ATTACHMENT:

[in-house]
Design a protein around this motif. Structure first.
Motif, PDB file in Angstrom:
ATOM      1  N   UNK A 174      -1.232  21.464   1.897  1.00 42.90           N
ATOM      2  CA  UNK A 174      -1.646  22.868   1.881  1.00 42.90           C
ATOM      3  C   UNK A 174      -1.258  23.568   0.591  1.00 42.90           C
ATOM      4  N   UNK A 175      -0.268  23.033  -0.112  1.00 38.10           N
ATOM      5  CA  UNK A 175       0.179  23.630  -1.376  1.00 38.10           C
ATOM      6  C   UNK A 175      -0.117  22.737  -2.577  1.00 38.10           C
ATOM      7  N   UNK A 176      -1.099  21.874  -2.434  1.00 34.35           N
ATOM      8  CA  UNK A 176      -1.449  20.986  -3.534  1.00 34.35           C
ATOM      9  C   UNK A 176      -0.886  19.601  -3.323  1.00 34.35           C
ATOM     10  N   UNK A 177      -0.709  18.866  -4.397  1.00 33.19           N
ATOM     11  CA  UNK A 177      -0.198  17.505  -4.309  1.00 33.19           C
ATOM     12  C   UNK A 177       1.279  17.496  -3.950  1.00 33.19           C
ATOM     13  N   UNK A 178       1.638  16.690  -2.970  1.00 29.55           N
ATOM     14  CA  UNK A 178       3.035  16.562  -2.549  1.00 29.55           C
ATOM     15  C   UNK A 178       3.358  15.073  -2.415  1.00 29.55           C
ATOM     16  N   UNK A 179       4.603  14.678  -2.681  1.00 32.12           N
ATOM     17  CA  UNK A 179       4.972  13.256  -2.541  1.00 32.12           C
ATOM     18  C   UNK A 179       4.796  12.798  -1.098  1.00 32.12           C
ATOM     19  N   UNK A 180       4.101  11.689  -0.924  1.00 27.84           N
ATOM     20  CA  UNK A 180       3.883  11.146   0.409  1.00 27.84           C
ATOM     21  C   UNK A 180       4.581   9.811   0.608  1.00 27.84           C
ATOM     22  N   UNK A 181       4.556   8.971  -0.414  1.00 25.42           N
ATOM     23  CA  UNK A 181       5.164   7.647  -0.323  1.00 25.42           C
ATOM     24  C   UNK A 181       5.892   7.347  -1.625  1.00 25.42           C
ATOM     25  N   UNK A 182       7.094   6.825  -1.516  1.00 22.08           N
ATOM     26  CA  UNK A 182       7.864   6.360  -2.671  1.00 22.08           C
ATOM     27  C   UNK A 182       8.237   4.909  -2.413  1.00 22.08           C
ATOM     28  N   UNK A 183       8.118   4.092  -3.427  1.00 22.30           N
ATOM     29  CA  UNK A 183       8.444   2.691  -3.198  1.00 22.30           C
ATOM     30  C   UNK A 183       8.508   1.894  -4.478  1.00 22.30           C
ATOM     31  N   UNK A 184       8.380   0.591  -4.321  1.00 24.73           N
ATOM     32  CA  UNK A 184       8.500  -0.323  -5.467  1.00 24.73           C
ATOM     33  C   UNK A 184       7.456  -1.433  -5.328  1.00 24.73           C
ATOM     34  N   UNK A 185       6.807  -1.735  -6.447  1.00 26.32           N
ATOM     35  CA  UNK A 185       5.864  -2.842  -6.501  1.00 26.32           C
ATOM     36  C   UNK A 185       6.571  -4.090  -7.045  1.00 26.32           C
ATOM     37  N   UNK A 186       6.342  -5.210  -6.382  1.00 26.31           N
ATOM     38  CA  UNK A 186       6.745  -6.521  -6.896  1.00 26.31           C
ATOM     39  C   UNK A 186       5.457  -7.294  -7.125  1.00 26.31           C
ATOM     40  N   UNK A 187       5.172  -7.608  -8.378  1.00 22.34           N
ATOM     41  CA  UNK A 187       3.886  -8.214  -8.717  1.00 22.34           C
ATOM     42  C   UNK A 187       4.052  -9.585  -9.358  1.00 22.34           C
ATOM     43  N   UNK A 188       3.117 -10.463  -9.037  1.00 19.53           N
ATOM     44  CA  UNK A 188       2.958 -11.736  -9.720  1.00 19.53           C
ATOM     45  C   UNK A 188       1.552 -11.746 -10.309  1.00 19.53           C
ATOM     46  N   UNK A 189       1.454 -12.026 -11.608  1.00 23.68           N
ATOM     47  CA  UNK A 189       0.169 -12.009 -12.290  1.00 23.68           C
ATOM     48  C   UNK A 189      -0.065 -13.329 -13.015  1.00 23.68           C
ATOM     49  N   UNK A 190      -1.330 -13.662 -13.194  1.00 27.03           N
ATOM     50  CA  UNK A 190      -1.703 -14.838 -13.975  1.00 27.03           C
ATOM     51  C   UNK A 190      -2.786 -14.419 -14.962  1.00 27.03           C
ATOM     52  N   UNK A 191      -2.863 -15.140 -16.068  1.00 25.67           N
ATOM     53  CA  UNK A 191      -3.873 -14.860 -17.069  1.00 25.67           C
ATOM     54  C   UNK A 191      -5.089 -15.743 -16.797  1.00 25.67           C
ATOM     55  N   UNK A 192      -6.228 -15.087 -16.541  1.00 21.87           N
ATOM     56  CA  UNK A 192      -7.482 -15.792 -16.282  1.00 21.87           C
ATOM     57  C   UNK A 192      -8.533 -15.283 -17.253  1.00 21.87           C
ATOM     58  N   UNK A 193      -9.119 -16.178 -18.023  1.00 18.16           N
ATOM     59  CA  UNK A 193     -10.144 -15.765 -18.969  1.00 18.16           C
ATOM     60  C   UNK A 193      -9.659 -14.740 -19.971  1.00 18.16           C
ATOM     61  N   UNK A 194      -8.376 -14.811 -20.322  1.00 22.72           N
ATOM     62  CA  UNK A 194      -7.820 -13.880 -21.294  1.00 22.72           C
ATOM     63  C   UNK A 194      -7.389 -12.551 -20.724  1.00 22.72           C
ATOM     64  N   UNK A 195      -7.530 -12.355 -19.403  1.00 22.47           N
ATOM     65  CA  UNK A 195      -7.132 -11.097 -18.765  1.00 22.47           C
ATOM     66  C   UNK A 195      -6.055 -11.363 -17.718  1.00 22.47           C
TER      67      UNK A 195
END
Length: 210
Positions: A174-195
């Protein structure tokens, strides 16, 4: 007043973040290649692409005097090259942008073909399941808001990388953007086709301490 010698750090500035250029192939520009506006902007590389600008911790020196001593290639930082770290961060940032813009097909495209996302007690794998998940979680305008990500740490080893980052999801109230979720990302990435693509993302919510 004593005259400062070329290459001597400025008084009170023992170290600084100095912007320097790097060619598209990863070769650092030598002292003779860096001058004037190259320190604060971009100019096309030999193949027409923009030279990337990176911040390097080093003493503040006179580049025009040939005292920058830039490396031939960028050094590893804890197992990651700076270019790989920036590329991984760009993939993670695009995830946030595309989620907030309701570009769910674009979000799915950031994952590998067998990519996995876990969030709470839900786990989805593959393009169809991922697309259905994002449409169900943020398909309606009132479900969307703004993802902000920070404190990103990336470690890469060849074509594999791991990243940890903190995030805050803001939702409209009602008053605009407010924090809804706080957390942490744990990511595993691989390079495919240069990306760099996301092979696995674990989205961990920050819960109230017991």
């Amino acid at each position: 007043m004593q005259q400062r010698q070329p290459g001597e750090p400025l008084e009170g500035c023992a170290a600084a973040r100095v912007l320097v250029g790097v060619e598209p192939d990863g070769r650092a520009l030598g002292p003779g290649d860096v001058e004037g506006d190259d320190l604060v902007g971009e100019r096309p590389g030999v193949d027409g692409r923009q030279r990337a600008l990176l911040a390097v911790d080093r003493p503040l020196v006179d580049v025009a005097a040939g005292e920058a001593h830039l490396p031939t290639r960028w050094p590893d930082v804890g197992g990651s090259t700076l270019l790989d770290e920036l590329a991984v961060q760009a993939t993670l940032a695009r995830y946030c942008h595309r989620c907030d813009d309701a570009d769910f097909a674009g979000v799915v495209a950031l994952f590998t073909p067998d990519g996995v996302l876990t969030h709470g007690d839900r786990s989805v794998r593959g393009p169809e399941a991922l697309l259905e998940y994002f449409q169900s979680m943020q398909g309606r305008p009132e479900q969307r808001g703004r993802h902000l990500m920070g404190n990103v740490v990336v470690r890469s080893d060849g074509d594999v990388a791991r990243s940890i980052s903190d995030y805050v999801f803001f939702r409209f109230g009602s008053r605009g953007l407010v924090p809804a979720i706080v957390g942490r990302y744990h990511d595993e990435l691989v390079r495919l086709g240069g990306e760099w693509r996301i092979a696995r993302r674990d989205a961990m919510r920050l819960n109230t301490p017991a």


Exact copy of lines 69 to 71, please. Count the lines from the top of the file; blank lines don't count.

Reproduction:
ATOM     66  C   UNK A 195      -6.055 -11.363 -17.718  1.00 22.47           C
TER      67      UNK A 195
END